The people, if one may dare to describe them, provide a mixture to match the houses and lanes. Cosmopolitan seems a far too sophisticated word to apply but there are people who work on the land, some in local industry, quite a few who commute to Nottingham or further afield, certainly a number of retirees and luckily plenty of children. There is a good modern school for infants and juniors in Cropwell Bishop but older children must go slightly further for their education. Buses trundle in and out of the village morning and afternoon collecting and discharging their precious cargo who briefly add a sense of youthful vitality to the street scene. Much everyday social interaction centres on dogs and their owners, creatures generally of impeccable pedigree and behaviour. Dogs walking and people talking all lead to a virtuous circle of common kindness and support. A medium for shared information, real or invented, is sustained, for kindly rumour is the lubrication of village interest and entertainment. Rookery Farm lives up to its name and scores of cawing birds nest high in its trees. They circle and squawk seemingly at predetermined times almost as if they are attending a noisy meeting with no agenda and no one in the chair. Like their human inhabitants they seem contented with their home and surroundings.
The Plough Inn
Cropwell Butler has a fine public house, The Plough, in the middle of the village. This is a village pub for everyone with a nice rural atmosphere and good draught beers. Sensible food at sensible prices attracts every sort of customer. This is a jolly pub with well-kept gardens for sitting out on fine summer evenings and the cosiness of the bar in the winter weather means warmth and conviviality.
Village Life and Activities
The village has a variety of local social activities. There is a large playing field area called the Sheldon Field run for the village by an enthusiastic committee where cricket and football are played in their seasons. The committee runs events to supplement their income and Bonfire Night is a great attraction. The village hall is run by another enthusiastic charitable trust which keeps the hall in good condition and runs several really good village-wide events each year. In 2012 there was a magnificent event to mark the Queen’s Golden Jubilee where the entire village danced the night away, everyone having a free burger - such is life in Cropwell Butler. For the energetic there are carpet bowls, for the women a WI (with jam and cakes), there are at least two book clubs and a gardening society.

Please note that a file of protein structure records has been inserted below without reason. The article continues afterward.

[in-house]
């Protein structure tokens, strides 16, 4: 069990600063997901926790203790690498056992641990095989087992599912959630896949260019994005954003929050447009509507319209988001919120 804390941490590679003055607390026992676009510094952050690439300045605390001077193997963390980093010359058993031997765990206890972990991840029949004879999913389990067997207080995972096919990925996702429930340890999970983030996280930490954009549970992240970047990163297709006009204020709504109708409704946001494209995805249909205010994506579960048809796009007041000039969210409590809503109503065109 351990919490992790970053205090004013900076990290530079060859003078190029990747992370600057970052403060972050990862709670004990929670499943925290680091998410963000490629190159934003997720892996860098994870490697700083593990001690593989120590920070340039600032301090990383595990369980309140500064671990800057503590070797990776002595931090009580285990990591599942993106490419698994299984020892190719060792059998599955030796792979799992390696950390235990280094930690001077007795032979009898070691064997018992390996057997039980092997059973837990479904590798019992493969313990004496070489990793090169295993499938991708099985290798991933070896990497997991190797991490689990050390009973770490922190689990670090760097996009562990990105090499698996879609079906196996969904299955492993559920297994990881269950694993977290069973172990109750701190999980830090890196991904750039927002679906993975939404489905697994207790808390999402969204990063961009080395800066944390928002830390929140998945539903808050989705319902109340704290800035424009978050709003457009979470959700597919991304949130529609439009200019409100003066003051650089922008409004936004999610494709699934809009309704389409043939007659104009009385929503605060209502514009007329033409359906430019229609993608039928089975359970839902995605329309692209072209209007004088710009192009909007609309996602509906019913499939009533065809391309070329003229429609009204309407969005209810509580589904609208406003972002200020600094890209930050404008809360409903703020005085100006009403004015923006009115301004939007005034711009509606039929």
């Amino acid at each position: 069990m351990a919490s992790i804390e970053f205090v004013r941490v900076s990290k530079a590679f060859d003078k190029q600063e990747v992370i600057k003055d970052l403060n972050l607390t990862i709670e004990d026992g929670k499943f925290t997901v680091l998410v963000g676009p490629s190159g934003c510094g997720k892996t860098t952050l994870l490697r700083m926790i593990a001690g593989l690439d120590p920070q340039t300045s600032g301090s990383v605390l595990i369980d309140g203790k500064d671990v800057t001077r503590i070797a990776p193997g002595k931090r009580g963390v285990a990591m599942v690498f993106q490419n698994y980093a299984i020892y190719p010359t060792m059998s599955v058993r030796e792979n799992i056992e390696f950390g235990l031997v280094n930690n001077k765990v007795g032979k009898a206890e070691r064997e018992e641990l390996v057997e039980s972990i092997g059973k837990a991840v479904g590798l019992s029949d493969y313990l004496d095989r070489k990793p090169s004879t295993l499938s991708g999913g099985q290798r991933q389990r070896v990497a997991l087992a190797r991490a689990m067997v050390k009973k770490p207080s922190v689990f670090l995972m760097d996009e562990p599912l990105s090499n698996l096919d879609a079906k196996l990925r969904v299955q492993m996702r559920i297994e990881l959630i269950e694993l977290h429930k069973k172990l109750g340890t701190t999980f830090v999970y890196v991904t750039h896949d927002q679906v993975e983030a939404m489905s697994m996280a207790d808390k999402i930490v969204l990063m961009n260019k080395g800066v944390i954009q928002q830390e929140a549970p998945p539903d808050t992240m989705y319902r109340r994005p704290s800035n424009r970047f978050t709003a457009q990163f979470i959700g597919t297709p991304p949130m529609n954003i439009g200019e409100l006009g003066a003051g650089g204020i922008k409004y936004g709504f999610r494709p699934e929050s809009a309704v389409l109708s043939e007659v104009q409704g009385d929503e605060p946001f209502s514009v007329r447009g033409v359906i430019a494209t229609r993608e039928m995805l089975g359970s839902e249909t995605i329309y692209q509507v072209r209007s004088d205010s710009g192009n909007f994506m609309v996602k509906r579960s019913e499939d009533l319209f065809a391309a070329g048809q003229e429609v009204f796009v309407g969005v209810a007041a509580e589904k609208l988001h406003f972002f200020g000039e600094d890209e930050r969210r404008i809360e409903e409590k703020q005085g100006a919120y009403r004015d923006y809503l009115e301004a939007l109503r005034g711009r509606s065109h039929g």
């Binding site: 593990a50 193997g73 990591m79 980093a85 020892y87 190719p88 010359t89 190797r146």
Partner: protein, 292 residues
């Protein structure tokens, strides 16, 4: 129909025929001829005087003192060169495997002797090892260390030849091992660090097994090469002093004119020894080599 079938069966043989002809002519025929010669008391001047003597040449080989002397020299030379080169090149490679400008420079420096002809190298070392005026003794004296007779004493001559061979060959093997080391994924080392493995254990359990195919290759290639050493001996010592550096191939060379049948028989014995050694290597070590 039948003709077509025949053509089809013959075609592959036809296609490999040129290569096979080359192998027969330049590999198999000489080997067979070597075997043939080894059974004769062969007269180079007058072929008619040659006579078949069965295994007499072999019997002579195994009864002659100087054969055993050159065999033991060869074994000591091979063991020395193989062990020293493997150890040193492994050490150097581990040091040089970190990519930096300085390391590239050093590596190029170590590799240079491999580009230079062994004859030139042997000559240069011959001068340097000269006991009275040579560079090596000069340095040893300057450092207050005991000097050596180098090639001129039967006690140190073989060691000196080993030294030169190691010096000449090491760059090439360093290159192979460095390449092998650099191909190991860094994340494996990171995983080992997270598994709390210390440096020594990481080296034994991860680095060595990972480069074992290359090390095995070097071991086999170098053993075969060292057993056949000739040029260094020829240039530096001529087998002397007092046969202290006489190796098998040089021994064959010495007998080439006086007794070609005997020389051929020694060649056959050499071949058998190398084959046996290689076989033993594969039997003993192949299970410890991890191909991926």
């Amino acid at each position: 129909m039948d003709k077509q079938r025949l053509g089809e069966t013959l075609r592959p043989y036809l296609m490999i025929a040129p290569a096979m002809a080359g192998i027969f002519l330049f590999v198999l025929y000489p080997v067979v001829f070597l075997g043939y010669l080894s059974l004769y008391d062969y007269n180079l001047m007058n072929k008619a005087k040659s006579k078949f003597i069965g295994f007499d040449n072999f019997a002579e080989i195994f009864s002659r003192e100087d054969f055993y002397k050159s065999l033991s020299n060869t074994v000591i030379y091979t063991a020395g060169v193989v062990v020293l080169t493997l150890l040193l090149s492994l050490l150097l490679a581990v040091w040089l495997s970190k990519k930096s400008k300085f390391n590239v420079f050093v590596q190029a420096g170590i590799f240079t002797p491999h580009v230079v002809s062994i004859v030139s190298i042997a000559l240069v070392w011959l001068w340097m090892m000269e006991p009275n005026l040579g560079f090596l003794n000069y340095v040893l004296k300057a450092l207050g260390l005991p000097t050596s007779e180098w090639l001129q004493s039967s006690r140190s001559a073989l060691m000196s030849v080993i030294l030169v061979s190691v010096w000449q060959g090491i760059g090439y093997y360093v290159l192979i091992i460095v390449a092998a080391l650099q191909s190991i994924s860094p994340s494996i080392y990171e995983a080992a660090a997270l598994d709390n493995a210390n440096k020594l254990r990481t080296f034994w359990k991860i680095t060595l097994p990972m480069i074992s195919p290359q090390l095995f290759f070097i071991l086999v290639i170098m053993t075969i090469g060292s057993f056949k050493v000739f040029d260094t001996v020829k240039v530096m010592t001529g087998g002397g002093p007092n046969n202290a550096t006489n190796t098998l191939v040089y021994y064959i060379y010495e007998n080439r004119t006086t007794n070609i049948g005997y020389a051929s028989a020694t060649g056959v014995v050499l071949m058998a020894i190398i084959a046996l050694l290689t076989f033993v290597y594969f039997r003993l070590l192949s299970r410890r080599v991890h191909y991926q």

At Christmas a large tree bedecked with lights rises in front of the village hall and a troop of fairly melodious singers render carols for good causes. The Methodist congregation puts on its carol service on Christmas Eve which is always a great attraction. The candle-lit Victorian chapel is set out with festive decorations which include a straw-filled stable and the essential props for a nativity play of simple ambition. Children as young as 3 or 4 are coaxed into delivering their lines from within the folds of tea-towels, oversized sheets and appropriate headwear. The congregation sits spell bound, delighted once more to be part of the simple retelling of an age-old story which sets their Christmas off to its traditional start. Soon enough the last carol has been sung and the spell broken. Many, having now been inspired by these events, pour out of the chapel and into The Plough to continue their celebrations of glad tidings and great joy. Of these and other activities there is more detail elsewhere on the website.
Gardening is a popular activity and there are several quite magnificent gardens, small and large, simple and more complex, and cottagey and rather more grand. From time to time the village rouses itself and puts on an Open Gardens with the proceeds from modest entrance charges going to some worthwhile charity. Then owners prepare their gardens to look their very best and legions of helpers provide endless cups of tea and home-baked cakes, to die for or otherwise. There are also several allotments which inevitably produce vegetables in quite huge quantities in the season and for a brief time the surplus is handed out to the those in favour or perhaps those in need. The habits of generations survive whatever technology may be passing by.